Here is the specific reason why generating implicit manifests for anonymous classes fails. In the language specification type expessions of the form BaseType { ... } are called refined types. According to the language specification, the manifest for a refined type is just the manifest of its base class. This however fails to typecheck, because you asked for a Manifest[LEdge[MyStuff]{ type L1 = SecurityMutatorFactory[X] }], but the algorithm is returning Manifest[LEdge[MyStuff]]. This means that you can only construct implicit manifests for types with refined types only in contravariant positions. For example using:

type MyEdge[X] = LEdge[X] { type L1 = SecurityMutatorFactory[X] } => AnyRef

in your example allows it to compile, though it is clearly not what you are after.

The full algorithm for constructing implicit manifests is given at the end of section 7.5 of the language specification. This question is covered by clause 6:

6) If T is a refined type T'{R}, a manifest is generated for T'. (That is, refinements are never reflected in manifests).

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+100 for quoting the language specification. –  Edmondo1984 Sep 16 '13 at 7:08
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Well, I'm not so familiar with that kind of pattern:

type MyEdge[X] = LEdge[X] { type L1 = SecurityMutatorFactory[X]}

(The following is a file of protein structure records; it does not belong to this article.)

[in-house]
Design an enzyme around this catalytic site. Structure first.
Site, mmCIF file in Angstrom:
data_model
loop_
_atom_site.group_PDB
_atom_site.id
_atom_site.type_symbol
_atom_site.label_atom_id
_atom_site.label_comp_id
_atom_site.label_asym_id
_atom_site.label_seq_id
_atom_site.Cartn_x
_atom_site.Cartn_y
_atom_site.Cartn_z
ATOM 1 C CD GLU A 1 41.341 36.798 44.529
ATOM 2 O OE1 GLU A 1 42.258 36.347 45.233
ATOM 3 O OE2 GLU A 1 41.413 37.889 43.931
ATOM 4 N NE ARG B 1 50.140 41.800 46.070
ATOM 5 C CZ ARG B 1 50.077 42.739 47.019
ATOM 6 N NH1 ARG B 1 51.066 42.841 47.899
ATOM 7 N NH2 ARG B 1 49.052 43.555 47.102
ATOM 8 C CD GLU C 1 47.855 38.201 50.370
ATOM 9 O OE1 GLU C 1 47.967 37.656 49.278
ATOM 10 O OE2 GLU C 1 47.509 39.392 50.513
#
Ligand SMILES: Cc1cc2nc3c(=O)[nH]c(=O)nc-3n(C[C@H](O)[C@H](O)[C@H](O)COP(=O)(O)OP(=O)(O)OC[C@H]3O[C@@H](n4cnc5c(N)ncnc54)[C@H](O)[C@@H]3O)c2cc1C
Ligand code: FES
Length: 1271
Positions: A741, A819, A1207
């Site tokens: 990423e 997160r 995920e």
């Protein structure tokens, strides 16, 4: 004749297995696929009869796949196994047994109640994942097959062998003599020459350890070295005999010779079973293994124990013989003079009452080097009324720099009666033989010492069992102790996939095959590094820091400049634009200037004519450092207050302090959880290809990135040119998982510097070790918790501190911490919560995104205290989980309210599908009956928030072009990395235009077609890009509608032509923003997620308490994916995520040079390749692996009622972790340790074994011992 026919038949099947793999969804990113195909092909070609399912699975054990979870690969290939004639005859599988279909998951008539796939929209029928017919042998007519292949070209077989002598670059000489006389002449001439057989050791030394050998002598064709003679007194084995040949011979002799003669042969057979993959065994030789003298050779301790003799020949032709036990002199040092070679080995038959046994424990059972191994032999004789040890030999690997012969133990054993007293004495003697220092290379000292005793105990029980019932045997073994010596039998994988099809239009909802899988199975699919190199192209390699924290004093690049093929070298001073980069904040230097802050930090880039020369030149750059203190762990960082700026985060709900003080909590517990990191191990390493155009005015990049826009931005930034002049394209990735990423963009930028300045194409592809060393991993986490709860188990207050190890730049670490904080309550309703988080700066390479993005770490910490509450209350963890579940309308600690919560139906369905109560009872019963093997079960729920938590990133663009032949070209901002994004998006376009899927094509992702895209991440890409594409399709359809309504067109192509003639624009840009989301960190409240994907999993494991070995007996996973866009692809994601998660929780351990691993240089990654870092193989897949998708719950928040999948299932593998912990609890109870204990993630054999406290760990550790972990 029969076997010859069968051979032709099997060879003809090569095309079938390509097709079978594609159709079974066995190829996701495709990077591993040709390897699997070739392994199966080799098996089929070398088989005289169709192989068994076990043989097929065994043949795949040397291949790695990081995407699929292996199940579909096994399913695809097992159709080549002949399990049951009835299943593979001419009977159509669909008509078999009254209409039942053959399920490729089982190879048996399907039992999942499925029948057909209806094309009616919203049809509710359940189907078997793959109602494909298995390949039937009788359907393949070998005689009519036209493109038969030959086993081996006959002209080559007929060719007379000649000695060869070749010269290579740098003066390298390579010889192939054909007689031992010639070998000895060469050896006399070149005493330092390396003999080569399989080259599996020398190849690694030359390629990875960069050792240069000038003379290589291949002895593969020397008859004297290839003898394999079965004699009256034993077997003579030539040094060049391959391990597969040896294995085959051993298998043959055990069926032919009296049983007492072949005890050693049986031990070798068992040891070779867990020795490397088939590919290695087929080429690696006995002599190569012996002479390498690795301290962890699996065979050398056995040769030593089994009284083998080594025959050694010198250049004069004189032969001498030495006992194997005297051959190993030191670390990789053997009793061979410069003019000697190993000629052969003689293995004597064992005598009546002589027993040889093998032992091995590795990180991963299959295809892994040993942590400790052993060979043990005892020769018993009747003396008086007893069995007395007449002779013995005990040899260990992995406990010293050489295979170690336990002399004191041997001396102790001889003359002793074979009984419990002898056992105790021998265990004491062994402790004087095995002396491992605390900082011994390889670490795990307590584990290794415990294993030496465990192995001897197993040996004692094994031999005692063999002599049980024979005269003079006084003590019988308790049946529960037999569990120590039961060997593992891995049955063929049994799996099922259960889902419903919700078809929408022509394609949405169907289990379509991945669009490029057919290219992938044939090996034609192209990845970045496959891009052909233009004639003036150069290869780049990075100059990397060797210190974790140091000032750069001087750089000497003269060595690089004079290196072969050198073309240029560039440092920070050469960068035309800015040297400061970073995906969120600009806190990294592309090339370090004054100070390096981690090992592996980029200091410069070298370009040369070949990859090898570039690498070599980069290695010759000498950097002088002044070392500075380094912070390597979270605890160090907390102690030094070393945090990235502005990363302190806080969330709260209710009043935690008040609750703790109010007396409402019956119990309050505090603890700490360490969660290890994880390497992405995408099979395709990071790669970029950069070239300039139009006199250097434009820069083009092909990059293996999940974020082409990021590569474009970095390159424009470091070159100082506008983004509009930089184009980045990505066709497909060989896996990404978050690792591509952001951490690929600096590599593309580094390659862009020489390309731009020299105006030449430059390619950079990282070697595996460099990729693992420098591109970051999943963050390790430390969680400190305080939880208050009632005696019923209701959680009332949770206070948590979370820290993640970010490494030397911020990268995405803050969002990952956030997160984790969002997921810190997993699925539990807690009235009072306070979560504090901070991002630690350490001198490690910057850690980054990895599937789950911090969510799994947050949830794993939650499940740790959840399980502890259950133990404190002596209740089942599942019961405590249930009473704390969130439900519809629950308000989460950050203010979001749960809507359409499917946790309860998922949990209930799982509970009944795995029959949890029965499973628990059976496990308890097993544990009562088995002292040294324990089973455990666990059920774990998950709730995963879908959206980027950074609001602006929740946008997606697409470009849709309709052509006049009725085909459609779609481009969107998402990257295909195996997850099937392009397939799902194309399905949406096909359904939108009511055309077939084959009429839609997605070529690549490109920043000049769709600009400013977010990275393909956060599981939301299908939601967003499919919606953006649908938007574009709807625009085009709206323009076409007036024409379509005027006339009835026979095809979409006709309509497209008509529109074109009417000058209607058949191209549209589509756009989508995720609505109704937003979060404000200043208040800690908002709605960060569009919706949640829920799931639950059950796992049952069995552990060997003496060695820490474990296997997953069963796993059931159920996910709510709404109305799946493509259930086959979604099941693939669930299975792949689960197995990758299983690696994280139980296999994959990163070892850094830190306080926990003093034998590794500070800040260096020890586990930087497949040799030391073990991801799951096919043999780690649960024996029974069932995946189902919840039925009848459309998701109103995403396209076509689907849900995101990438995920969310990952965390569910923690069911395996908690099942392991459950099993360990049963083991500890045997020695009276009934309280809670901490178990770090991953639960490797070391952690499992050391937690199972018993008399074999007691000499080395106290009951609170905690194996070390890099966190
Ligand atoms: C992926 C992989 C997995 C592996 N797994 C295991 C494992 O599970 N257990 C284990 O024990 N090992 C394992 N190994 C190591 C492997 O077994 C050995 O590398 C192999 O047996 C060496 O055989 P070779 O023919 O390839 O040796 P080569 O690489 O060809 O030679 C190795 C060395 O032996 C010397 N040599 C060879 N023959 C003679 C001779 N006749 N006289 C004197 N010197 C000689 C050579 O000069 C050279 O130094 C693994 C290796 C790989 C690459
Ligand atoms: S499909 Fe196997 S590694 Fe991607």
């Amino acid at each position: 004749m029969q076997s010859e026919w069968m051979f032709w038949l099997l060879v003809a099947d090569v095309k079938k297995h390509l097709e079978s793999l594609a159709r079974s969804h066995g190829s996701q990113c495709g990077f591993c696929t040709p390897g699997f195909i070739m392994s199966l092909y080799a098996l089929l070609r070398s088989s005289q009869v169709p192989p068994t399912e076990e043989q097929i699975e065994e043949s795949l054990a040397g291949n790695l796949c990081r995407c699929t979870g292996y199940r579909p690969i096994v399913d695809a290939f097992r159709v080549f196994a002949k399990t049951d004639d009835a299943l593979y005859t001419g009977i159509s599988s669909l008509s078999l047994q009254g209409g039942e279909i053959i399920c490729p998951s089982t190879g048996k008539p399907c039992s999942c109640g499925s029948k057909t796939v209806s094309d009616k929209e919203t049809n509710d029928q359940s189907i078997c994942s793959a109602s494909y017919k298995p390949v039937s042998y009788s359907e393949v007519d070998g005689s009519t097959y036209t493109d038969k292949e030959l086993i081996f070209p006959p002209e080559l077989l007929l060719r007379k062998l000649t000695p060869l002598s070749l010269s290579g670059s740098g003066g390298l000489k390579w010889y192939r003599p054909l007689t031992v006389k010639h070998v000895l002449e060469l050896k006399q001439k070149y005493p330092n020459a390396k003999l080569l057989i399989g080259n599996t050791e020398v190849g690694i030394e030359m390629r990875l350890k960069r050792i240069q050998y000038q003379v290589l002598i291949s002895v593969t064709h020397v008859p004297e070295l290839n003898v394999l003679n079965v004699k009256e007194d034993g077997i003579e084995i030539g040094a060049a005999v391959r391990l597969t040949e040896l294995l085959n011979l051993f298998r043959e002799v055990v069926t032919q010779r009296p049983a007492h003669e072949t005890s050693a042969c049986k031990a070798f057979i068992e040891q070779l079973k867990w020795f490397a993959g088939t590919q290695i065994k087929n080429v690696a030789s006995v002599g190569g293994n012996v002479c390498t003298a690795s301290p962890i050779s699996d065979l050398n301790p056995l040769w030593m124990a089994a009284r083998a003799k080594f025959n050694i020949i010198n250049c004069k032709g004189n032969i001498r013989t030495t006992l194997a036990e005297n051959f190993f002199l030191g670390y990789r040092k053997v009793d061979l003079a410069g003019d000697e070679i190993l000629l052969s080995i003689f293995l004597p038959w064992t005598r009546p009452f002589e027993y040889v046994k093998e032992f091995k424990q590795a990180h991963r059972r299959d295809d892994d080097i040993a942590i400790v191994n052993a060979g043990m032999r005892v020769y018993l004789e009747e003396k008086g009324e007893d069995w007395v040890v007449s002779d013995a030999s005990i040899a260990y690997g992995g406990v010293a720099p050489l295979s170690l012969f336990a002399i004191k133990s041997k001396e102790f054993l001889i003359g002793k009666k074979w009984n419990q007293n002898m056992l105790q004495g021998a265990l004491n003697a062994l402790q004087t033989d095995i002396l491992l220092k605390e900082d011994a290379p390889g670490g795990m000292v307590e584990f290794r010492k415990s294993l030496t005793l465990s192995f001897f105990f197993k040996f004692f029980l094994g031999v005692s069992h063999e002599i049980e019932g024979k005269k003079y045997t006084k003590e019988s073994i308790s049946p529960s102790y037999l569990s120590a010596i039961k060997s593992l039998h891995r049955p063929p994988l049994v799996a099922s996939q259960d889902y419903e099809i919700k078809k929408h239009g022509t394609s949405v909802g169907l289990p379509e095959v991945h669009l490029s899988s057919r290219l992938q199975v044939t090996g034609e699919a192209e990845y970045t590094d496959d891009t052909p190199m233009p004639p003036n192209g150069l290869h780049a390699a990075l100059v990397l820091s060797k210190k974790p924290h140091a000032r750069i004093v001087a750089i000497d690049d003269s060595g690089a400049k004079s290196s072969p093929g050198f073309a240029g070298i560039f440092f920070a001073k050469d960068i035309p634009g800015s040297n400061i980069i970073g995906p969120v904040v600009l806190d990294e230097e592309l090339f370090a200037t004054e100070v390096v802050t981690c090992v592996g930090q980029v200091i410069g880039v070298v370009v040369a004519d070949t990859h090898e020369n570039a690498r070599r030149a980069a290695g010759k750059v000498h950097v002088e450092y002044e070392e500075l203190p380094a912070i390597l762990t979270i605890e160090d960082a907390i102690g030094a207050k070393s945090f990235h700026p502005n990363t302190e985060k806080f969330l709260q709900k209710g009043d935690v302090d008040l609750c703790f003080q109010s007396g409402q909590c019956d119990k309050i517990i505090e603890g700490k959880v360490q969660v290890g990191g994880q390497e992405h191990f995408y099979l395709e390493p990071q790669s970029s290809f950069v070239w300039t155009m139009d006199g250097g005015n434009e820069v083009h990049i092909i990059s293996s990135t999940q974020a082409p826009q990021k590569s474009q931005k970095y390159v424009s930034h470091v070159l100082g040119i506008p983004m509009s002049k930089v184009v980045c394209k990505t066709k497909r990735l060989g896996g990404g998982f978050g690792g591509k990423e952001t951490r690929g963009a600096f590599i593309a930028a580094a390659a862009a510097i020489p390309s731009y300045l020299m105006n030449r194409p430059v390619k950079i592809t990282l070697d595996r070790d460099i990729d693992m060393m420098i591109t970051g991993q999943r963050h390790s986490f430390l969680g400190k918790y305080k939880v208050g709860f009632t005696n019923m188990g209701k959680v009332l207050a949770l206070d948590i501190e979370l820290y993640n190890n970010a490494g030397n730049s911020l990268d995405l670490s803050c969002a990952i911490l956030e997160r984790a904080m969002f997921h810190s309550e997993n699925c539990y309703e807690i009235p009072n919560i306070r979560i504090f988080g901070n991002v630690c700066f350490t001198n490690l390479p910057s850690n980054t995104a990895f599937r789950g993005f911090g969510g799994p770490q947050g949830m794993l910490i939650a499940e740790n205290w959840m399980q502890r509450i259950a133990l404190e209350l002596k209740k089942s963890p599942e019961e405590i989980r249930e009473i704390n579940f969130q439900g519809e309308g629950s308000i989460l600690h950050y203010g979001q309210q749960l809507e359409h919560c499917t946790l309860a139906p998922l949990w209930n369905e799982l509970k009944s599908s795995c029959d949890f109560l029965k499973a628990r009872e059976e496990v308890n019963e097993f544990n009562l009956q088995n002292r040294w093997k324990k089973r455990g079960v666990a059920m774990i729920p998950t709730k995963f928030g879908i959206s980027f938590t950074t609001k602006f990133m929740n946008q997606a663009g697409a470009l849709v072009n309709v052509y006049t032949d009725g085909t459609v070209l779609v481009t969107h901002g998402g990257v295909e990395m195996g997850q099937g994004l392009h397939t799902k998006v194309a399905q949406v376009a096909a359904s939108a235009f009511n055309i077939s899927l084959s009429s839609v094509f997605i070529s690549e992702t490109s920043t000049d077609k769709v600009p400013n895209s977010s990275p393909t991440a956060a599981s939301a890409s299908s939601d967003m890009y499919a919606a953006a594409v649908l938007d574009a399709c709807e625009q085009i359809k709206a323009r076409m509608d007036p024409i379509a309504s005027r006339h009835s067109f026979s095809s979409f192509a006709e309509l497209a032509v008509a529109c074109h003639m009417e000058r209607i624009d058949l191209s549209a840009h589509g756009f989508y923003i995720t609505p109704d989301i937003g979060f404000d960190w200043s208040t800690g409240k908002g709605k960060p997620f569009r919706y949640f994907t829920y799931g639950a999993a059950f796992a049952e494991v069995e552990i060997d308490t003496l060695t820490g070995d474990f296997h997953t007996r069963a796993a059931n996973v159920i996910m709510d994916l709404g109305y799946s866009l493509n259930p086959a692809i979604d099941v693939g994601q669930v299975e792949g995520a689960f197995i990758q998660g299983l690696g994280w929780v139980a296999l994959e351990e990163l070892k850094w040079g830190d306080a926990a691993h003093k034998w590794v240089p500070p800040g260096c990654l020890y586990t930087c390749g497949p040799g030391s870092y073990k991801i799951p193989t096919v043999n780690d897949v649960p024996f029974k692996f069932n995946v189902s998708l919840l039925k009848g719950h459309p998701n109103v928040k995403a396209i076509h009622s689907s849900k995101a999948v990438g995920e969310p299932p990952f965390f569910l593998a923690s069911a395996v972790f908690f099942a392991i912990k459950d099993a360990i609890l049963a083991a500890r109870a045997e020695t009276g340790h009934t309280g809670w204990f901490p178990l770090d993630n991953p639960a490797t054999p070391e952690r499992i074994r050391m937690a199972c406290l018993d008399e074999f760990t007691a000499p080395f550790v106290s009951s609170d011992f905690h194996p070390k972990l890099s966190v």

but I tend to consider types defined with the type keyword as aliases (concepts) rather than a guarantee about the implementation (EDIT more precisely, I believe that type provides guarantees in terms of prototyping/specifying but that no AST/code is generated until there's an actual need to replace the alias with the traits/classes it's based upon). So even if the compiler claims, in its error message:

LEdge[MyStuff] >: MyEdge[MyStuff]

I'm not sure that, at the bytecode level, it implements MyEdge accordingly, with interfaces/methods/etc. Thus, it might not recognize the wanted relationship between LEdge and MyEdge, eventually:

found   : scala.reflect.Manifest[LEdge[MyStuff]]
required: Manifest[MyEdge[MyStuff]]

(and, is the absence of package scala.reflect. a hint? (1))

About your code, how do you use a? Anyway, if the following is your intent, with:

trait MyEdge[X] extends LEdge[X] {
   type L1 = SecurityMutatorFactory[X]
}

instead, it does compile (scala 2.10)... (EDIT I just noticed now that dmitry already told that) ...what that does during runtime, I don't know!

As an item of note, Manifest is deprecated after scala 2.9; so you may prefer to use TypeTag[T] as described in the scaladoc.

EDIT:
(1) I suspect that the following happens:
- at the syntactic analysis phase, the compiler registers literally what you specified, that is, the implicitly method shall return a Manifest[MyEdge[MyStuff]].
- by the code generation phase, the aliases are "reconciled" to their nearest classes or traits; in the case of implicitly the result's type Manifest[MyEdge[MyStuff]] becomes trait scala.reflect.Manifest[LEdge[MyStuff]]]
- due to some limitations of type inference involved in Manifest and type "aliasing" within type parameters, however, somehow the specified requirement Manifest[MyEdge[MyStuff]] remains under its raw shape
- (this is pure conjecture, because I've not read the Scala compiler source code for this answer) the compiler would have the proper AST/code on the one hand, but a method prototype/spec that is still under its raw/literal shape on the other hand; that doesn't fit in so it emits an error.

Hoping that helps...